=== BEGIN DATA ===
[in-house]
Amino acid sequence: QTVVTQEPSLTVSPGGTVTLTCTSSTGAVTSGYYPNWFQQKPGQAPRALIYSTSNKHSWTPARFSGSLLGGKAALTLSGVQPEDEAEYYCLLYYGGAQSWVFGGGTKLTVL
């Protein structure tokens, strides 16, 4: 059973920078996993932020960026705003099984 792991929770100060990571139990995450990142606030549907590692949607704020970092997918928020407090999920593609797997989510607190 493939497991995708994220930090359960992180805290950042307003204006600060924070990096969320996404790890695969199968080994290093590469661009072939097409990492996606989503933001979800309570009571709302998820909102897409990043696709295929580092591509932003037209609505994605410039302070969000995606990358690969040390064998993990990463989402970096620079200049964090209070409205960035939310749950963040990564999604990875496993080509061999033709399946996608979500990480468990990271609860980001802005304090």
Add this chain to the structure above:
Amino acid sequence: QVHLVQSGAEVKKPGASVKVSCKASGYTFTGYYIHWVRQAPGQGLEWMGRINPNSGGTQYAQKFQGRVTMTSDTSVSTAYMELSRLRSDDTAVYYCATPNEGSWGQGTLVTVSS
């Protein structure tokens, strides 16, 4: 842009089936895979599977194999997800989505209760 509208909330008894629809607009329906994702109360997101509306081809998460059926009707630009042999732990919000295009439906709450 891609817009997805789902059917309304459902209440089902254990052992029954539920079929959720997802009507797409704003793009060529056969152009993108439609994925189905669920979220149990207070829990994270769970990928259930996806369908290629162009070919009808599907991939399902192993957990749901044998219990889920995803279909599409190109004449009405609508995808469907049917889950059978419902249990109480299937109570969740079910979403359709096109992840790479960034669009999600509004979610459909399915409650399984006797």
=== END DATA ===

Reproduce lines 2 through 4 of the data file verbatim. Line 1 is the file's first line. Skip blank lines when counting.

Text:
Amino acid sequence: QTVVTQEPSLTVSPGGTVTLTCTSSTGAVTSGYYPNWFQQKPGQAPRALIYSTSNKHSWTPARFSGSLLGGKAALTLSGVQPEDEAEYYCLLYYGGAQSWVFGGGTKLTVL
């Protein structure tokens, strides 16, 4: 059973920078996993932020960026705003099984 792991929770100060990571139990995450990142606030549907590692949607704020970092997918928020407090999920593609797997989510607190 493939497991995708994220930090359960992180805290950042307003204006600060924070990096969320996404790890695969199968080994290093590469661009072939097409990492996606989503933001979800309570009571709302998820909102897409990043696709295929580092591509932003037209609505994605410039302070969000995606990358690969040390064998993990990463989402970096620079200049964090209070409205960035939310749950963040990564999604990875496993080509061999033709399946996608979500990480468990990271609860980001802005304090």
Add this chain to the structure above: